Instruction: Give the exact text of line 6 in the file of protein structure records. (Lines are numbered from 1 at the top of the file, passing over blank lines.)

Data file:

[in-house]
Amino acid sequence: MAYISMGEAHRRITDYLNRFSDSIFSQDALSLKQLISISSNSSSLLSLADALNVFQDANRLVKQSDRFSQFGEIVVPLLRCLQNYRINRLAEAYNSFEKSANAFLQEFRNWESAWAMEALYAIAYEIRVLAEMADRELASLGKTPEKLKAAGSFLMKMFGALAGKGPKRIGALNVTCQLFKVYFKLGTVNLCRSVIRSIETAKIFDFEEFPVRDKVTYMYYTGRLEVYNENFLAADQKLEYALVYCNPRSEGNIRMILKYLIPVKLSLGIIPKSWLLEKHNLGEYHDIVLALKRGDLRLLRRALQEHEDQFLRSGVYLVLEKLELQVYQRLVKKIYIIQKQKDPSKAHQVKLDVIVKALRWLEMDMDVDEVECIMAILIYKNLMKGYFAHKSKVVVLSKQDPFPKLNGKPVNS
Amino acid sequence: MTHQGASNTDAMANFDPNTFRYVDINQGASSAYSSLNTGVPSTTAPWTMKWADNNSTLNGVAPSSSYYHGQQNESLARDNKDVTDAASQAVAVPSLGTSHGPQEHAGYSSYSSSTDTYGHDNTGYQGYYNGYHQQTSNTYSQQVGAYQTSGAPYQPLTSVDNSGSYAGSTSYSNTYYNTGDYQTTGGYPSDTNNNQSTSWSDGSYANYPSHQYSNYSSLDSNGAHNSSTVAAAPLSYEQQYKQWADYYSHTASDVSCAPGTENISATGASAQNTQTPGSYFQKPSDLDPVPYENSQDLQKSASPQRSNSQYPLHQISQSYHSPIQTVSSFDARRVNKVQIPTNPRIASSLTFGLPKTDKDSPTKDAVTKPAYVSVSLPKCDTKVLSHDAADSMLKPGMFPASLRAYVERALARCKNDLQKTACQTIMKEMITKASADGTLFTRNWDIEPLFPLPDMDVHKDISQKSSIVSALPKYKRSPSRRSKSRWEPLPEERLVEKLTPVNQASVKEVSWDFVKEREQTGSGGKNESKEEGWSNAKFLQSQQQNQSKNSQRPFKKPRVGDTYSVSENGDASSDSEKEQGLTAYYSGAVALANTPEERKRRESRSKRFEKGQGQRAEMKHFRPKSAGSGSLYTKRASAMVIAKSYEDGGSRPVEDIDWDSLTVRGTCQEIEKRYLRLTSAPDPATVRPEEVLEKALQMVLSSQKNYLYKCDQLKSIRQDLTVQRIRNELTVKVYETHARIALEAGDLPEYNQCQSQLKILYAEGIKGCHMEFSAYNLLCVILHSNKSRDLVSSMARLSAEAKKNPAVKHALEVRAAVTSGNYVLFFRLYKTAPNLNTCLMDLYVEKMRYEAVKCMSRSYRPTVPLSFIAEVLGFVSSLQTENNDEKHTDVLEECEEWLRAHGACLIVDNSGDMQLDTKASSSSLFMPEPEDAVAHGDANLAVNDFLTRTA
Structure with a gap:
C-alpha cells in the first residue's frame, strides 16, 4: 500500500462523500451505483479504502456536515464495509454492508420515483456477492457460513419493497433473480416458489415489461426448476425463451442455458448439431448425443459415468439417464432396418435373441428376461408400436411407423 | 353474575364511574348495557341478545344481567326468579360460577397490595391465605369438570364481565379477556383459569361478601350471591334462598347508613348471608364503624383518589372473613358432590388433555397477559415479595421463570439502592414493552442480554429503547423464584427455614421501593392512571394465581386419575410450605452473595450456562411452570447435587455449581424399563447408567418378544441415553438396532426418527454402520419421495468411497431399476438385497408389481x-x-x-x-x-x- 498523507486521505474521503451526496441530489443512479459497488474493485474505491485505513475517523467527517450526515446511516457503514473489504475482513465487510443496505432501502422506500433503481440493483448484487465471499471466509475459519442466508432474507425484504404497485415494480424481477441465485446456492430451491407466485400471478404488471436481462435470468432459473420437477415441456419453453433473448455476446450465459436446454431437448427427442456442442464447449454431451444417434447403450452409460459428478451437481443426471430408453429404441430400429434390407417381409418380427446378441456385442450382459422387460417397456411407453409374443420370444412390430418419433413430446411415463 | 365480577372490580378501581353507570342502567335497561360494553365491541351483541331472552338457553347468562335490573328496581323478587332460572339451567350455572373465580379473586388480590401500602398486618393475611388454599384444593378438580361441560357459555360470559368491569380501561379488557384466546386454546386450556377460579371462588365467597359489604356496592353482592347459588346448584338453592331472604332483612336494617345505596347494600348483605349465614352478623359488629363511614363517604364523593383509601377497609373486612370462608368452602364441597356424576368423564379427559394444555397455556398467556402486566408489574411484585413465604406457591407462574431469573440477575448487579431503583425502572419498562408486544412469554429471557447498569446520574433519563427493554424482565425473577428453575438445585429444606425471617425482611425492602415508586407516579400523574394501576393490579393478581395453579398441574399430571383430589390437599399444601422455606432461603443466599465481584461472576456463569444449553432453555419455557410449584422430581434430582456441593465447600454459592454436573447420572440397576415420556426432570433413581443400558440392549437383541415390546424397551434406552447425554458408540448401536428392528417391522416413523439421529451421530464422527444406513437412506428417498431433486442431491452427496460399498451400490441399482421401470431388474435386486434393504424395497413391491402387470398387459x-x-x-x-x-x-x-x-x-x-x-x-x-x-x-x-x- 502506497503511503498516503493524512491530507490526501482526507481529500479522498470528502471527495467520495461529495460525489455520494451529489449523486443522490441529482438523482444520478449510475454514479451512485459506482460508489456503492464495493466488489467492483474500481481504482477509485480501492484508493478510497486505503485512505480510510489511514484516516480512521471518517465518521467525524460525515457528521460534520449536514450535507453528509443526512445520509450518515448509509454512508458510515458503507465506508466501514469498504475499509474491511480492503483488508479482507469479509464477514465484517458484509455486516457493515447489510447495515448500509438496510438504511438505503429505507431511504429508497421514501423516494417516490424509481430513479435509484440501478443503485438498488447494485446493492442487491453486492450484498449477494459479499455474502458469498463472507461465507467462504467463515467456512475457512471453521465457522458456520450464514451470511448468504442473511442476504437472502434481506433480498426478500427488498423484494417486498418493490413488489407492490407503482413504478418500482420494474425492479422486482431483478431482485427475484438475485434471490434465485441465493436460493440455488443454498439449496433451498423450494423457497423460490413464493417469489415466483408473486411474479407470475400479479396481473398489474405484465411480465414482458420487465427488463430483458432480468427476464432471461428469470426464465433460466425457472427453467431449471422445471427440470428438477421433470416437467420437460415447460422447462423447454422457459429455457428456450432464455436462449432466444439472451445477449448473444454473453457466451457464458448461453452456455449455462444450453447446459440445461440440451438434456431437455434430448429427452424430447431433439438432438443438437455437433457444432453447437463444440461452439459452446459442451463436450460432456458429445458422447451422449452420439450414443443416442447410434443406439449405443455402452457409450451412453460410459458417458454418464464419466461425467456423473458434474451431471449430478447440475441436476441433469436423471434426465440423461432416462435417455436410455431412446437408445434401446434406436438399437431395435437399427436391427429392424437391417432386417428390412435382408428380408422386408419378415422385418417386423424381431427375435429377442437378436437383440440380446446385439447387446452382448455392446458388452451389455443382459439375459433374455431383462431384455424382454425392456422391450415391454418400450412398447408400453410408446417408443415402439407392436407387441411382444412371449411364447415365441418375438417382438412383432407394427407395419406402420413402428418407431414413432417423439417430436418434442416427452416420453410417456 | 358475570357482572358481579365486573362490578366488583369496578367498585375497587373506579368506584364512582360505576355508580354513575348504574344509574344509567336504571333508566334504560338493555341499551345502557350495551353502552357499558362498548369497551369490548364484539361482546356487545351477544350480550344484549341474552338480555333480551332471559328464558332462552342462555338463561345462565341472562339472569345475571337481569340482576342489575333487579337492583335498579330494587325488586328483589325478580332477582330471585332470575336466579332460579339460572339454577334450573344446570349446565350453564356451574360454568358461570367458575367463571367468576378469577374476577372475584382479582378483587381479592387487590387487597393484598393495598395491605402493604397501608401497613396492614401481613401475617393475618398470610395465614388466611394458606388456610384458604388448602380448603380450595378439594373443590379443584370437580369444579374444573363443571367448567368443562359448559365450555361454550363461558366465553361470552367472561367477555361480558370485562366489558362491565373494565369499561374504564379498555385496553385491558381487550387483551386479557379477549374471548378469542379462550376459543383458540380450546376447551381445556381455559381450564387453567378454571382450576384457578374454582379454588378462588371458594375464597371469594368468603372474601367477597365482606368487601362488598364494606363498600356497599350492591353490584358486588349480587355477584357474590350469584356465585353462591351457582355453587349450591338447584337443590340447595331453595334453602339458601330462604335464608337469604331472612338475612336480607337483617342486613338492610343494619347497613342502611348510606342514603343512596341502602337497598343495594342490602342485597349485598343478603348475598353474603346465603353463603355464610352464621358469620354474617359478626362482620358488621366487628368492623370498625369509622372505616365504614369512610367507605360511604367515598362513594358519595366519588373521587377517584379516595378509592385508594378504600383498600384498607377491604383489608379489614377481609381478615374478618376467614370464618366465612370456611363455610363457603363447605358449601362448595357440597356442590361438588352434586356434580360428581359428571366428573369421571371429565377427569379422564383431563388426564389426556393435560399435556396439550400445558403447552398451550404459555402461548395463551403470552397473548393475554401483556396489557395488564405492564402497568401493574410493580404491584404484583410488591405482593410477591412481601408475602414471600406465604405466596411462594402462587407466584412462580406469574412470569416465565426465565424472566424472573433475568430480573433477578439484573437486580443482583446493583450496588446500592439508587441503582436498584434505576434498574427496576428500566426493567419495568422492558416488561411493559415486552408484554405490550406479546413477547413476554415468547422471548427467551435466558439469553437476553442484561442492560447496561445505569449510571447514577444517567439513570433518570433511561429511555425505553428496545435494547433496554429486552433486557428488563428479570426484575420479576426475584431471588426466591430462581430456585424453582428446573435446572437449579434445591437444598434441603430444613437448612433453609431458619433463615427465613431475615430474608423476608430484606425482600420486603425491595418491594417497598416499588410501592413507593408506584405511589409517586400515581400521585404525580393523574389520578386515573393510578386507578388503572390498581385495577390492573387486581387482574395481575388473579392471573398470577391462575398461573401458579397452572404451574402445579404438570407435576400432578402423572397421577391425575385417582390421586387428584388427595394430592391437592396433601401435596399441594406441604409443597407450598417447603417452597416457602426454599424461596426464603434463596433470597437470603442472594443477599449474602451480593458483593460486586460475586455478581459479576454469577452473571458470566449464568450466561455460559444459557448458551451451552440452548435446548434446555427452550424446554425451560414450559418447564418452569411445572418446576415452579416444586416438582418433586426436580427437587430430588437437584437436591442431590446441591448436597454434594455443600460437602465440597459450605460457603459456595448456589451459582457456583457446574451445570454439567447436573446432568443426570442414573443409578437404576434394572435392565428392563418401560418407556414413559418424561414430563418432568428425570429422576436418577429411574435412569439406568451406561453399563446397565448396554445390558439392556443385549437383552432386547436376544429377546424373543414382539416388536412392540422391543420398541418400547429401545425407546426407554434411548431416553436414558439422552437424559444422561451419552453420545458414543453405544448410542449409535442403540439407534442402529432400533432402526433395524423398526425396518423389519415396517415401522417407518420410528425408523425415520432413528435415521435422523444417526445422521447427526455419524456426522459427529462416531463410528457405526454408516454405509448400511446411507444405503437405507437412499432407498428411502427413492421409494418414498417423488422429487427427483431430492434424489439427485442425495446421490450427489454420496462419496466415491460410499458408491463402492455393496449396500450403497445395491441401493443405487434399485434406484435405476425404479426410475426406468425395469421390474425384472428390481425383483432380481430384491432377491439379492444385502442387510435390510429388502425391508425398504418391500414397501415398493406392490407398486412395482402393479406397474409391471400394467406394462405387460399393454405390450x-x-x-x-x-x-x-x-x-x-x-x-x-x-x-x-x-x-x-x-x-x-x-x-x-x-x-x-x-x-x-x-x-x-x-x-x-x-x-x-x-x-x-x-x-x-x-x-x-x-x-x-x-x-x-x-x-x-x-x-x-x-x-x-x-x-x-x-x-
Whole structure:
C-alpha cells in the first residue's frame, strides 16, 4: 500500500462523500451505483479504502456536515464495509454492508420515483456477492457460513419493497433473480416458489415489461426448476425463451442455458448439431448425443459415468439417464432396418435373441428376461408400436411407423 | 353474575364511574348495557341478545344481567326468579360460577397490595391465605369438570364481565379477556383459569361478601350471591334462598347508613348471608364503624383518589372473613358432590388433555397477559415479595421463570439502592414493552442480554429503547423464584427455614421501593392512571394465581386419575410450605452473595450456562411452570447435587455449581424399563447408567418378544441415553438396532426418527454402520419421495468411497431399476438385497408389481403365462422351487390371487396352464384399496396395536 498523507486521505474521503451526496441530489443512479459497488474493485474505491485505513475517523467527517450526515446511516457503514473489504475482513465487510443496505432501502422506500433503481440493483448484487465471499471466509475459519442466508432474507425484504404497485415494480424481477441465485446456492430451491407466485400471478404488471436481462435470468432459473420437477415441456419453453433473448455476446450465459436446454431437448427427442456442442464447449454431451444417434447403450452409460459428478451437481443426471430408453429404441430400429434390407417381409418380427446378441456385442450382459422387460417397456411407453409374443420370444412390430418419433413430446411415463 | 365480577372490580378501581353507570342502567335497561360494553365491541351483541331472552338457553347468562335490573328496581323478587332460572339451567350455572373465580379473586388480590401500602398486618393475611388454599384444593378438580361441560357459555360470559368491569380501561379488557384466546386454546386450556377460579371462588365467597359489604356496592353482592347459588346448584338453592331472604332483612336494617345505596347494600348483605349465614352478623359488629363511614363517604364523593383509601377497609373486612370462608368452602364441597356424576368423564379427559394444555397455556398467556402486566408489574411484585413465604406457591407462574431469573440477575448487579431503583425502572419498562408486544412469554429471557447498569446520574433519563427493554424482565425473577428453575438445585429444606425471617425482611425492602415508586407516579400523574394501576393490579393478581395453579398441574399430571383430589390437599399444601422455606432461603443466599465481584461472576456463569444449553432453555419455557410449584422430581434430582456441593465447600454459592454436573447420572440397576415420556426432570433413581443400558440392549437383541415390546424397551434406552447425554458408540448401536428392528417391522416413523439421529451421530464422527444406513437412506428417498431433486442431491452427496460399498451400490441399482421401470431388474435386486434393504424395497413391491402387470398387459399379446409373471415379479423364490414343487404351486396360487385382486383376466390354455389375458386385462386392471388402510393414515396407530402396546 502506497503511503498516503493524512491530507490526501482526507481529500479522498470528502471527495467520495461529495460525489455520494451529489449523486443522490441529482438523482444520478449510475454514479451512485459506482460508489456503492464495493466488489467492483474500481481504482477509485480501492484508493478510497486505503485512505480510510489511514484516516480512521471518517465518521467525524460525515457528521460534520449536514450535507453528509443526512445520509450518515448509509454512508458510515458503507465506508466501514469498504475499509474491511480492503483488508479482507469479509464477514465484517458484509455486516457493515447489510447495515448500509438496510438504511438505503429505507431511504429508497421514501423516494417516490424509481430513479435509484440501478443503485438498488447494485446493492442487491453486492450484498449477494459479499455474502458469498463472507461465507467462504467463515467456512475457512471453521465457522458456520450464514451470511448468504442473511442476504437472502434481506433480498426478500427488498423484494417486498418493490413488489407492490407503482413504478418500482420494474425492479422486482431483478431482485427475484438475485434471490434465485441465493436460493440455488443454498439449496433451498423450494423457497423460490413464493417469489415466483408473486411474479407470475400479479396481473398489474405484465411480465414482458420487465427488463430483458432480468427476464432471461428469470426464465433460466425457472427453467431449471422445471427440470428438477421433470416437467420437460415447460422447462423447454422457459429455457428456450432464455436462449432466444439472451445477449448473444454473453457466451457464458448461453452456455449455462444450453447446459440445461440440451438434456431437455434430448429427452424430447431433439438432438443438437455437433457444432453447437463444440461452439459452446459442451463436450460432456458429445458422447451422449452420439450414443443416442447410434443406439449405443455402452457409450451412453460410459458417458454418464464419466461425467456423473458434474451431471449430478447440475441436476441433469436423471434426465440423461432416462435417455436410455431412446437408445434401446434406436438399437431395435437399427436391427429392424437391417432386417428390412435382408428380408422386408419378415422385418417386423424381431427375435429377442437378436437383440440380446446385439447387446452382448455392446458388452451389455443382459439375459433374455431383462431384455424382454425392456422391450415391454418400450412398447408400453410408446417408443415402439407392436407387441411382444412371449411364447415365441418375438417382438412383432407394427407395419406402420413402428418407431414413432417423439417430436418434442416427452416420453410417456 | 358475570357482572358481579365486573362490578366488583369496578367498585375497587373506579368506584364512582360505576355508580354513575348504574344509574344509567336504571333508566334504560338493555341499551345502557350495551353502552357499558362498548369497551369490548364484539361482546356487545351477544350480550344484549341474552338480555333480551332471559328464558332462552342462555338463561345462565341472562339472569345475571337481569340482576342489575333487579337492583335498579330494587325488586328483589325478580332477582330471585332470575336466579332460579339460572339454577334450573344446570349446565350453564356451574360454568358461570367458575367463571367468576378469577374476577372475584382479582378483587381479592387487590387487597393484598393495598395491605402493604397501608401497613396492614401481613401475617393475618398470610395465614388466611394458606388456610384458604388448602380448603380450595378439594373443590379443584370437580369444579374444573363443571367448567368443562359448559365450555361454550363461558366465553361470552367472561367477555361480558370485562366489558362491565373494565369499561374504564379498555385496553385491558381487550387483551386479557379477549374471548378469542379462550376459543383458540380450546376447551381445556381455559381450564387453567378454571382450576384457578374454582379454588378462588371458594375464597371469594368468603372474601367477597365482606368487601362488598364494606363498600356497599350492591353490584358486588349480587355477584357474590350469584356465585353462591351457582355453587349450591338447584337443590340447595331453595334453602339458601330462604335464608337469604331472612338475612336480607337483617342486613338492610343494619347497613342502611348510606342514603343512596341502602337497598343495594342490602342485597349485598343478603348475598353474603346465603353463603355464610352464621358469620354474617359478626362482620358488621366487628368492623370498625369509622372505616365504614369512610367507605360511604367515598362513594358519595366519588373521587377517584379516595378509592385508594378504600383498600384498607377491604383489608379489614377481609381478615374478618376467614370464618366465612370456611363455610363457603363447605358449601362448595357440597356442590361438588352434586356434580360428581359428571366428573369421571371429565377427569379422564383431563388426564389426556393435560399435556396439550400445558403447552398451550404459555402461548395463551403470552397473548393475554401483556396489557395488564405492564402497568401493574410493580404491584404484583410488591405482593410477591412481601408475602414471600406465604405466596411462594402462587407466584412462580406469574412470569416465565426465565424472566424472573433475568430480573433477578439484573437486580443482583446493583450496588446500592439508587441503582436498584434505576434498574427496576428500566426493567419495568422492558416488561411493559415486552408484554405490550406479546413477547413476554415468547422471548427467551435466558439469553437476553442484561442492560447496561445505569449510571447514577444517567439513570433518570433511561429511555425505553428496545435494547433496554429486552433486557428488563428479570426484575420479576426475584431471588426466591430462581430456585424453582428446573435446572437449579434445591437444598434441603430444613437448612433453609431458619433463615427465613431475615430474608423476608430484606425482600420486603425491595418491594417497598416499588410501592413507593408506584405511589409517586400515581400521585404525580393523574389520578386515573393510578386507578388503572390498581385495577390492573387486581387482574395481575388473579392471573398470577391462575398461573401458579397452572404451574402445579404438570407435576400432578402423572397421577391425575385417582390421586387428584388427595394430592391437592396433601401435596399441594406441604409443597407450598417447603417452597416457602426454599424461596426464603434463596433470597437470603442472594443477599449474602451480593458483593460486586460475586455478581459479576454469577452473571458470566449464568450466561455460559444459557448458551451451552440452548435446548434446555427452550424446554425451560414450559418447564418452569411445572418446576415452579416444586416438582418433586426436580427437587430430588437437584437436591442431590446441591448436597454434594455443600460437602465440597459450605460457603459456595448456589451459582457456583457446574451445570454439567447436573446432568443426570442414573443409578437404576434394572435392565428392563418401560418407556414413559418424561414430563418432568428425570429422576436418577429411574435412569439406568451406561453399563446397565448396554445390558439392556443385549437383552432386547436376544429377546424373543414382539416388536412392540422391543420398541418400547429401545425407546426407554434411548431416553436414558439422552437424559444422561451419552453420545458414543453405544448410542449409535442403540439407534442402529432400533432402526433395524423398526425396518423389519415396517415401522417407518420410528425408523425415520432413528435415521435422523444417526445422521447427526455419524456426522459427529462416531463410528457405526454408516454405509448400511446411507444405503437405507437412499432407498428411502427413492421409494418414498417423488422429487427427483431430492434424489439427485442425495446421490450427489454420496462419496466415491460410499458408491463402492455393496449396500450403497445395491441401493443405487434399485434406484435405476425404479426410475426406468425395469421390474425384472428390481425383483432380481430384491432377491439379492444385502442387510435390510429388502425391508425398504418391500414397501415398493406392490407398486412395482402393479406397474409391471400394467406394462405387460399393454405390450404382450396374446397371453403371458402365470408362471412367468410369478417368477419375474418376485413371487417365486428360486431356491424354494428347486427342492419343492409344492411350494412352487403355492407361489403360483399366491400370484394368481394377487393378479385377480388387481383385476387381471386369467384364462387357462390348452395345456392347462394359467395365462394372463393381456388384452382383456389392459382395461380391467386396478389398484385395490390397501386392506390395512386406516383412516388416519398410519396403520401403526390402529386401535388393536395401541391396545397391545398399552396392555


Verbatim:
Whole structure: